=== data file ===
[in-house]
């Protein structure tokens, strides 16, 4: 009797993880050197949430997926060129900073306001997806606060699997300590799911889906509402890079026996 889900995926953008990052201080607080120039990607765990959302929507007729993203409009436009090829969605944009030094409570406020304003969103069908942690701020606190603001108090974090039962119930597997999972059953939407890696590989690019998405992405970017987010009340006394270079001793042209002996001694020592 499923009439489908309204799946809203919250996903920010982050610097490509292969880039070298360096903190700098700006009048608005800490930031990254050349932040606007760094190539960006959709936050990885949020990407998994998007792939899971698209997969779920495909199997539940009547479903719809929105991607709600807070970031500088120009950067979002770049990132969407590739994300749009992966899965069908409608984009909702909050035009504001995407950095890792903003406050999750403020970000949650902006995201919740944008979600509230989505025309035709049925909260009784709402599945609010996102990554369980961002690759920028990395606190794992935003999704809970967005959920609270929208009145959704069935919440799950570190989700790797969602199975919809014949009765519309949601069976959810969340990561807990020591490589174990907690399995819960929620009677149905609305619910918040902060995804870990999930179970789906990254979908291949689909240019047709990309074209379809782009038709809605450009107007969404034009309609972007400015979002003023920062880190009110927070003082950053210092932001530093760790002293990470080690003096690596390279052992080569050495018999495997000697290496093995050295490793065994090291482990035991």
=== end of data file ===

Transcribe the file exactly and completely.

[in-house]
């Protein structure tokens, strides 16, 4: 009797993880050197949430997926060129900073306001997806606060699997300590799911889906509402890079026996 889900995926953008990052201080607080120039990607765990959302929507007729993203409009436009090829969605944009030094409570406020304003969103069908942690701020606190603001108090974090039962119930597997999972059953939407890696590989690019998405992405970017987010009340006394270079001793042209002996001694020592 499923009439489908309204799946809203919250996903920010982050610097490509292969880039070298360096903190700098700006009048608005800490930031990254050349932040606007760094190539960006959709936050990885949020990407998994998007792939899971698209997969779920495909199997539940009547479903719809929105991607709600807070970031500088120009950067979002770049990132969407590739994300749009992966899965069908409608984009909702909050035009504001995407950095890792903003406050999750403020970000949650902006995201919740944008979600509230989505025309035709049925909260009784709402599945609010996102990554369980961002690759920028990395606190794992935003999704809970967005959920609270929208009145959704069935919440799950570190989700790797969602199975919809014949009765519309949601069976959810969340990561807990020591490589174990907690399995819960929620009677149905609305619910918040902060995804870990999930179970789906990254979908291949689909240019047709990309074209379809782009038709809605450009107007969404034009309609972007400015979002003023920062880190009110927070003082950053210092932001530093760790002293990470080690003096690596390279052992080569050495018999495997000697290496093995050295490793065994090291482990035991």